JSS  Vol.5 No.4 , April 2017
Effect of the Flipped Classroom Model on Chinese Non-English-Majored College Students’ Translation Skills
ABSTRACT
This paper reviewed a one-term experiment on the flipped classroom model in teaching translation skills to 124 first-year non-English-majored undergraduate students from Yangtze University as participants. Participants in this study consisted of 62 non-English-majored undergraduate students in the control group (CG) and 62 non-English-majored undergraduate students in the treatment group (TG). The process of the flipped classroom model in translation teaching and learning was divided into the three parts: outside of the flipped classroom, inside of the flipped classroom and outside of the flipped classroom. The results showed that: 1) compared with a teacher-dominated approach for CG, the flipped classroom translation model instruction for TG did a better job in enhancing students’ translation skills; 2) there were significant differences between males in CG and TG, and females in CG and EG; 3) students in TG held the positive response for the flipped classroom model in translation teaching and learning.

1. Introduction

Technology influences not only our daily life but also our teaching and learning method! Especially, the new technology (such as big data, computer aided design, computer aided translation) and new methods (such as massive open online course, the flipped classroom) applied into education affect our teaching and learning deeply when we come into the new era, 21st century. The flipped classroom approach was started in 2006 in Colorado, and the model basically refers to the idea that the lectures and explanations would no longer be done in class but at home, leaving what was previously treated as homework to be done in the class time [1] . The flipped classroom approach is student-centered teaching and learning method. The flipped classroom agrees with the theory of Constructivism. According to the theory of Constructivism, knowledge is not taught but is learned by the learner himself through constructing the new knowledge on the basis of old knowledge, under certain settings, with the help of others, such as the teachers or learning partners, utilizing certain study resources. So the student is the center of teaching and student-centered methodology should be used. That is to say, the student is the center of teaching and the teacher works as the organizer, facilitator and motivator, utilizing setting, cooperation and dialogue to motivate students’ interests, activities and creativeness. Before the flipped classroom, students can know the learning tasks and they can learn to complete the learning tasks by watching the videos made by the instructors to construct the new knowledge. And in class, the instructors organize and guide the students to cooperate with each other to discuss the questions in their learning and what they have learned, so students can gain help of the teachers or learning partners.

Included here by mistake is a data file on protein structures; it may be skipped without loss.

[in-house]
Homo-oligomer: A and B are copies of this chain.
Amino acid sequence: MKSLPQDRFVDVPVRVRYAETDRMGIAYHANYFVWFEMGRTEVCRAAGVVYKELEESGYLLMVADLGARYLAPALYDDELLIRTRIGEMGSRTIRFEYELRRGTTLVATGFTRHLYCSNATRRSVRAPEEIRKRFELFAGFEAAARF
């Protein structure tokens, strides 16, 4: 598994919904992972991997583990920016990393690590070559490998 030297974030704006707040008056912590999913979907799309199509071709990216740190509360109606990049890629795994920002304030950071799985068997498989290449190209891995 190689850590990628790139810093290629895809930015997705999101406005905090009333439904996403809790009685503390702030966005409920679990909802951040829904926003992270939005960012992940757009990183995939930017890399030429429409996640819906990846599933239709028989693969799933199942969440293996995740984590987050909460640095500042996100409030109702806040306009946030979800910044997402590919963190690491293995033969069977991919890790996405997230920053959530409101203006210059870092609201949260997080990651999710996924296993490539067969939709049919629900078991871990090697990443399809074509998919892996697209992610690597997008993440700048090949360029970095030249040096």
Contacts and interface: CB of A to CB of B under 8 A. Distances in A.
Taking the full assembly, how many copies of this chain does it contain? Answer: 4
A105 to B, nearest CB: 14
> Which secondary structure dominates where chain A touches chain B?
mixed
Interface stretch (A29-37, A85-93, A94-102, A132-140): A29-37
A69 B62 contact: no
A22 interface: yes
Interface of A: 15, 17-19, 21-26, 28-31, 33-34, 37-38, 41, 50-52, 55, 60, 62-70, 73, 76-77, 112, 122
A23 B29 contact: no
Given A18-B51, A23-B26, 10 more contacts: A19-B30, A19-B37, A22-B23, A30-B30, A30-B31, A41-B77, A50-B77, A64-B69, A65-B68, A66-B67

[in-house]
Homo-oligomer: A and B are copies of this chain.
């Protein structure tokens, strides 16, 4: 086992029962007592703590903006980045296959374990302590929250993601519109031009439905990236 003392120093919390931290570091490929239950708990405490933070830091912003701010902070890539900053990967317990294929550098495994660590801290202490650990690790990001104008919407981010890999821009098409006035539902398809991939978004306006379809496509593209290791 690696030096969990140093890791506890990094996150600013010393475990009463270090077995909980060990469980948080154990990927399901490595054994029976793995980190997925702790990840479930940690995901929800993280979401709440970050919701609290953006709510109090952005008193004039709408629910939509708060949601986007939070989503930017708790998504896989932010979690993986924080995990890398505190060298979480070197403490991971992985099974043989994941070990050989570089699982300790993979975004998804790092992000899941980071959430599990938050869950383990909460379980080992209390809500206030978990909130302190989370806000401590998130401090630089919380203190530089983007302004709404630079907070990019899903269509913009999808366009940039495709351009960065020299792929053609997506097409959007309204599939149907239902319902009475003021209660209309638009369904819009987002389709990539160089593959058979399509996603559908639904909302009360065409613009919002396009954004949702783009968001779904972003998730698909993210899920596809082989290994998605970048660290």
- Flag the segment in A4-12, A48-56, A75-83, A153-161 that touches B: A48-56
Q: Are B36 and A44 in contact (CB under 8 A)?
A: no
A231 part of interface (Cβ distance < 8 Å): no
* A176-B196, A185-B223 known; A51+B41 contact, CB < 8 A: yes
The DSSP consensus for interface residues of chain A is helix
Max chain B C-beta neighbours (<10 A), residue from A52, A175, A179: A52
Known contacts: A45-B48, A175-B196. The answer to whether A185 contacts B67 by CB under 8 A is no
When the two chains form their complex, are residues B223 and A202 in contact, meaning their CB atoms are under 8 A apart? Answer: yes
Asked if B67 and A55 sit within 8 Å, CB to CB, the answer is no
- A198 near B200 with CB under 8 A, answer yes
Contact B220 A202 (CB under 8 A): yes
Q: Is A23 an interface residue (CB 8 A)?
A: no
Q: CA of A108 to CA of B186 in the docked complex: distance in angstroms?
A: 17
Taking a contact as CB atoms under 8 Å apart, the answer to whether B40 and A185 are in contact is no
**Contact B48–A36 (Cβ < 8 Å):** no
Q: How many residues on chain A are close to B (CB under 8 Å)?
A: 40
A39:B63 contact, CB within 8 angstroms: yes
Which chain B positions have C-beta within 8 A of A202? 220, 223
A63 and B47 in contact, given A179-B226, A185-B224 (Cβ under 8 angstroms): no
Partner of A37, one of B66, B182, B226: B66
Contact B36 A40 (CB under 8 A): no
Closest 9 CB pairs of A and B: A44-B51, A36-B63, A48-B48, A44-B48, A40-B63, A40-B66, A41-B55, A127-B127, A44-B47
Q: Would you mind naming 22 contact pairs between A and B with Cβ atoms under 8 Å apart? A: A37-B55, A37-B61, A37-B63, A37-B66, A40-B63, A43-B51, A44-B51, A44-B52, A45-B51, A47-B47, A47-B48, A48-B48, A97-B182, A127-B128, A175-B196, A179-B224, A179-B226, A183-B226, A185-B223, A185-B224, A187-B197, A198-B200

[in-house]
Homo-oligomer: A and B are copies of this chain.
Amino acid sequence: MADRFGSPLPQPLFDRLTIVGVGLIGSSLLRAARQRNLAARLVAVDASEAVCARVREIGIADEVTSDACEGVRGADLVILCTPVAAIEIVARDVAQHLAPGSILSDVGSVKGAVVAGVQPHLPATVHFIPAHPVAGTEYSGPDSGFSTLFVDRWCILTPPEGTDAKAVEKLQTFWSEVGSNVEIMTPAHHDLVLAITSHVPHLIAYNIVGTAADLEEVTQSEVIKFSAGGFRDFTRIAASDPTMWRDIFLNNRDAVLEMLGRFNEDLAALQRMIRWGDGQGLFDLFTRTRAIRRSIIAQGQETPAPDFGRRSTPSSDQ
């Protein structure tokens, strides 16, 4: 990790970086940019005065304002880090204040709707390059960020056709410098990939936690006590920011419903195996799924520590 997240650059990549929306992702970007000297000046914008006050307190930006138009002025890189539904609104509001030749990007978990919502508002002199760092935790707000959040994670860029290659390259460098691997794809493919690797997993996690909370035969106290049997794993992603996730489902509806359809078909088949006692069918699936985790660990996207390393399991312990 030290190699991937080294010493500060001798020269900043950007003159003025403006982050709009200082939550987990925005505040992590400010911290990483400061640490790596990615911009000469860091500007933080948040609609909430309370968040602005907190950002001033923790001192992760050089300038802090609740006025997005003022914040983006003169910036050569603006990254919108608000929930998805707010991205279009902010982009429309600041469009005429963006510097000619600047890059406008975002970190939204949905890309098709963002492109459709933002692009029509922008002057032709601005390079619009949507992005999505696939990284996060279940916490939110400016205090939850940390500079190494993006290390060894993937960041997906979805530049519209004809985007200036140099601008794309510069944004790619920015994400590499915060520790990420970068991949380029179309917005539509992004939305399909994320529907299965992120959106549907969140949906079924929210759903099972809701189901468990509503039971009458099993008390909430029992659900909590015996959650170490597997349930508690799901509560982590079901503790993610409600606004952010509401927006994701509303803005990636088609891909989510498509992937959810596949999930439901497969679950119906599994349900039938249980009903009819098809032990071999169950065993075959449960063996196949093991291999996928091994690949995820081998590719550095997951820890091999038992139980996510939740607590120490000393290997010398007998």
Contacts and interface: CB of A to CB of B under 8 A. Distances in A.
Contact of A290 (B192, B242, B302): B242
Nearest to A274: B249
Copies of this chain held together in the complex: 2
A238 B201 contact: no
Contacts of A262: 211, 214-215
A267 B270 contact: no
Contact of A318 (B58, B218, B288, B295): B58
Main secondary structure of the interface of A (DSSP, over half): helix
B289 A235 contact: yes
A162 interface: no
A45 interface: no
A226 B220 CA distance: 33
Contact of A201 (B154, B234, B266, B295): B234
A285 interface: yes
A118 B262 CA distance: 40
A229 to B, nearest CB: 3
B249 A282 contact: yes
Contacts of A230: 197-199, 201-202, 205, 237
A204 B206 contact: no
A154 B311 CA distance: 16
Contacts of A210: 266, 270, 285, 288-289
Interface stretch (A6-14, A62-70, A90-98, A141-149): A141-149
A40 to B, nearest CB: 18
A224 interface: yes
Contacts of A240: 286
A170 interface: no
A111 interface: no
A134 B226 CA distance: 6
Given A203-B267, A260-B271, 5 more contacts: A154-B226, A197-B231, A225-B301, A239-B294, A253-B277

2. Literature Review

According to Bergmann & Sams [1] , a flipped classroom can be described as a setting where that “which is traditionally done in class is now done at home, and that which is traditionally done as homework is now completed in class” (p. 13). The flipped classroom model changes the view of the classroom from being a knowledge station to being a place for student engagement and formative assessment of students’ progress [2] .

There are benefits and challenges to adopt the flipped classroom model in education. Benefits to implementing the flipped classroom model include students learning at their own pace, reinforcing the teacher-student relationship [1] Studies by Aljumah [3] and Al-Kathiri [4] showed students benefitted from the use of technology in learning English. On the other hand, there are some challenges with accompanying the implementation of the flipped classroom model such as students having difficulty adjusting to being active learners or neglecting to do the out-of-class work [5] [6] . Another challenge is that teachers are not willing or capable of changing and adopting the use of technology [7] .